Meanwhile the failure of Sooner State leaders to quickly validate the old PASS standards as college- and career-ready is just one example of its ineptitude in handling education governance. Last month, preparations for a series of high school tests scheduled for December were delayed when McGraw-Hill’s CTB division withdrew from administering them. The snafu was caused by the state board of education’s decision to not approve a contract with the firm, a move driven by earlier ire over McGraw-Hill’s earlier mishandling of other assessments. [State officials approved a new vendor last week.] On one side, you can blame the state board for waiting way too late to kibosh the contract; the board should also take responsibility for not adequately telling Barresi to select any vendor other than McGraw-Hill. Yet blame must also be heaped upon Barresi and her staff for insisting on choosing a vendor who was already viewed negatively for its failures on handling state testing, and thus, wasn’t likely to get another contract approval.
Given Oklahoma’s record as of late, no one should reasonably expect its officials to properly execute any No Child waiver proposal. When you consider that the plan it had successfully submitted (and will put before the Obama Administration again) hardly merited approval in the first place, there is no way that the administration should grant that waiver. Especially when you consider the yawning achievement gaps between white and minority children.
Between 2003 and 2013, the gap in average scale scores in math between white fourth-graders and their Native schoolmates decreased by a mere two points (from 10 points to eight points), according to data from the National Assessment of Educational Progress; the gap between white fourth-graders and their black and Latino peers increased by one point (from 25 points to 26 points between white and blacks, and from 15 to 16 between white and Latino kids). While Oklahoma has done better than the nation in narrowing the gap for Native students (the nation’s achievement gap actually increased by three points, from 20 points to 23), it hasn’t done nearly as the rest of the country in improving education for black and Latino kids. Under the circumstances, allowing Oklahoma to return to using A-to-F grading and other approaches that ignore achievement gaps only condemns poor and minority kids to low expectations and even worse educational malpractice.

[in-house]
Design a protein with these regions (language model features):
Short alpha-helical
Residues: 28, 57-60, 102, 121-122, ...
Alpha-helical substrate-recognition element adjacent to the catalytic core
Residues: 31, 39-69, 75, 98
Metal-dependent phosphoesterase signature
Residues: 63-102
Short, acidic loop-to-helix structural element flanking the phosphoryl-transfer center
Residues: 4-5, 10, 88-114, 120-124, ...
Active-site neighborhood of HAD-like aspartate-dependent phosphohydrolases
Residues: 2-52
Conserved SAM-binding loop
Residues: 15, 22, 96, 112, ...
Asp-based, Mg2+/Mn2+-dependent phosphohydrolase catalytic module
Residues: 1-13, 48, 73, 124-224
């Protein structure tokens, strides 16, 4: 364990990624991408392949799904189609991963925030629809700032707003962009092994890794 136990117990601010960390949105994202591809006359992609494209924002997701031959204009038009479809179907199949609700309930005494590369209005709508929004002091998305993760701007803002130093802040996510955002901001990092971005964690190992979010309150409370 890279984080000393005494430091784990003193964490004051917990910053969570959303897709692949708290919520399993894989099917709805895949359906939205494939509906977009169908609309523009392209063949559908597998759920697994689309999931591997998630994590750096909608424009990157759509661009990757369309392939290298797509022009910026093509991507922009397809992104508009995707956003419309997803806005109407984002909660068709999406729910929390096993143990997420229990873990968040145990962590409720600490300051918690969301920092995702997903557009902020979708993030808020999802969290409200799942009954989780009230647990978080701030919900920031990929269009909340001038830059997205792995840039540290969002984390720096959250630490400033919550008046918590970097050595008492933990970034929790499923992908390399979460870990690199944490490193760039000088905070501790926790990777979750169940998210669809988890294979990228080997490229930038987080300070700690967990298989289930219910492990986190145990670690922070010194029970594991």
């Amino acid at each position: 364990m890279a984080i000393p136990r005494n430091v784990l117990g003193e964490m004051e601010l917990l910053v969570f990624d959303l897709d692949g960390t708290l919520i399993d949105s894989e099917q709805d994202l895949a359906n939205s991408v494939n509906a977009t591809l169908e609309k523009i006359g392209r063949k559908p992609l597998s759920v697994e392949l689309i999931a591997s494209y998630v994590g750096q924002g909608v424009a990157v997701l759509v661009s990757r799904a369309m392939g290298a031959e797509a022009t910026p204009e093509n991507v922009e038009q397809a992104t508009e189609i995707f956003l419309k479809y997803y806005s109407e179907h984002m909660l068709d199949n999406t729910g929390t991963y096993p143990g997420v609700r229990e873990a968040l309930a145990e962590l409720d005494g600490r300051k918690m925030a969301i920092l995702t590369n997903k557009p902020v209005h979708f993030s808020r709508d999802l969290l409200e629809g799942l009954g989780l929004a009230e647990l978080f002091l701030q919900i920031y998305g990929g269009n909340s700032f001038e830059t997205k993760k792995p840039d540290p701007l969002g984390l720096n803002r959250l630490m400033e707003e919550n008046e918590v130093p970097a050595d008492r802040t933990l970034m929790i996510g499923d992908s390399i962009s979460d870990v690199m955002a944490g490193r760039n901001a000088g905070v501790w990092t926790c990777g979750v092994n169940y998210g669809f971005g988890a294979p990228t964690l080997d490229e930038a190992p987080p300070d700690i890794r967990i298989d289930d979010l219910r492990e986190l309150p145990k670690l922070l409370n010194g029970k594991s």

The Obama Administration would certainly benefit politically from granting Oklahoma a new New Child waiver. After all, it could (but not likely will) calm down criticism from Republicans, movement conservatives, and conservative-oriented Common Core foes about the entire waiver gambit being federal overreach. But it shouldn’t. Oklahoma’s plan, shoddy as it was (and will be) won’t be fulfilled to any satisfaction. And Sooner State children would be better off with the state being under No Child’s far-superior accountability rules.
Based on all the complaints from Washington State politicians and conservative Beltway school reformers such as Michael Petrilli of the Thomas B. Fordham Institute reported by Motoko Rich last Sunday in New York Times, you would think that the Obama Administration’s leveled a great injustice by not renewing the waiver given to it two years ago to ignore the No Child Left Behind Act. If anything, as an update of a study by Thomas Ahn of the University of Kentucky and Duke University’s Jacob Vigdor shows, moving back under No Child will help spur reforms that will help children in the Evergreen State succeed. If anything, the Obama Administration should abandon its counterproductive gambit altogether and embrace the strong approach to accountability at the heart of the federal law.